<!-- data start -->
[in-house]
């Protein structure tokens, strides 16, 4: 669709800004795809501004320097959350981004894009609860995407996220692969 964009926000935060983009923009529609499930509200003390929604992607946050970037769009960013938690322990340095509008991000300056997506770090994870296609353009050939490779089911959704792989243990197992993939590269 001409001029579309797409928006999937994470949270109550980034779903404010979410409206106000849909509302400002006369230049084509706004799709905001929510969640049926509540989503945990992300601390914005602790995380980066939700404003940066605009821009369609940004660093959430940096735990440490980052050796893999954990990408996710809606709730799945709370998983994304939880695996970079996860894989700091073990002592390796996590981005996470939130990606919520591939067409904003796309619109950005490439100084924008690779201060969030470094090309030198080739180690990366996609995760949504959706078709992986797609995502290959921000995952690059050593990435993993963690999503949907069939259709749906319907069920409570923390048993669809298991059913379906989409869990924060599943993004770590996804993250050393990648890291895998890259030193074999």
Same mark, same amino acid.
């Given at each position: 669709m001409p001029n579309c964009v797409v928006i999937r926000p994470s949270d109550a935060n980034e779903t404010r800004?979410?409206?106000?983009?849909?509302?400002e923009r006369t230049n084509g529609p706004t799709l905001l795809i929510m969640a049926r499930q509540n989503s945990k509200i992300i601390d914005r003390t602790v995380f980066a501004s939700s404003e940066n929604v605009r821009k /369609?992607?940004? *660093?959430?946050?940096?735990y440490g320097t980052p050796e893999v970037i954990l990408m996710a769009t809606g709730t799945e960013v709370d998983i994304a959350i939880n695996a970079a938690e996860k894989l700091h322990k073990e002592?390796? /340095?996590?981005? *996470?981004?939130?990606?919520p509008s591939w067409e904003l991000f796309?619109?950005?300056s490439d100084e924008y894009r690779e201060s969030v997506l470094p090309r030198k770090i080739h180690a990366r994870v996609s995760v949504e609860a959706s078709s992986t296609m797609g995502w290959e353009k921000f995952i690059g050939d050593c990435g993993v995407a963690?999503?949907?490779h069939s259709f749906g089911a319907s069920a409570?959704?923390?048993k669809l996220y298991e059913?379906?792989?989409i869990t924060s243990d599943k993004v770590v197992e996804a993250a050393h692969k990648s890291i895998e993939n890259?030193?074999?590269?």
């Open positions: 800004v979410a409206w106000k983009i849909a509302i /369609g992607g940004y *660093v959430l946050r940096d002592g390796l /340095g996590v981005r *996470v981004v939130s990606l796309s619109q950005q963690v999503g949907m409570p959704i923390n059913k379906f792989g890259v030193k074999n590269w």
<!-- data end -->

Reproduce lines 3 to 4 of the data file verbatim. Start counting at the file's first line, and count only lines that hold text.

Same mark, same amino acid.
């Given at each position: 669709m001409p001029n579309c964009v797409v928006i999937r926000p994470s949270d109550a935060n980034e779903t404010r800004?979410?409206?106000?983009?849909?509302?400002e923009r006369t230049n084509g529609p706004t799709l905001l795809i929510m969640a049926r499930q509540n989503s945990k509200i992300i601390d914005r003390t602790v995380f980066a501004s939700s404003e940066n929604v605009r821009k /369609?992607?940004? *660093?959430?946050?940096?735990y440490g320097t980052p050796e893999v970037i954990l990408m996710a769009t809606g709730t799945e960013v709370d998983i994304a959350i939880n695996a970079a938690e996860k894989l700091h322990k073990e002592?390796? /340095?996590?981005? *996470?981004?939130?990606?919520p509008s591939w067409e904003l991000f796309?619109?950005?300056s490439d100084e924008y894009r690779e201060s969030v997506l470094p090309r030198k770090i080739h180690a990366r994870v996609s995760v949504e609860a959706s078709s992986t296609m797609g995502w290959e353009k921000f995952i690059g050939d050593c990435g993993v995407a963690?999503?949907?490779h069939s259709f749906g089911a319907s069920a409570?959704?923390?048993k669809l996220y298991e059913?379906?792989?989409i869990t924060s243990d599943k993004v770590v197992e996804a993250a050393h692969k990648s890291i895998e993939n890259?030193?074999?590269?």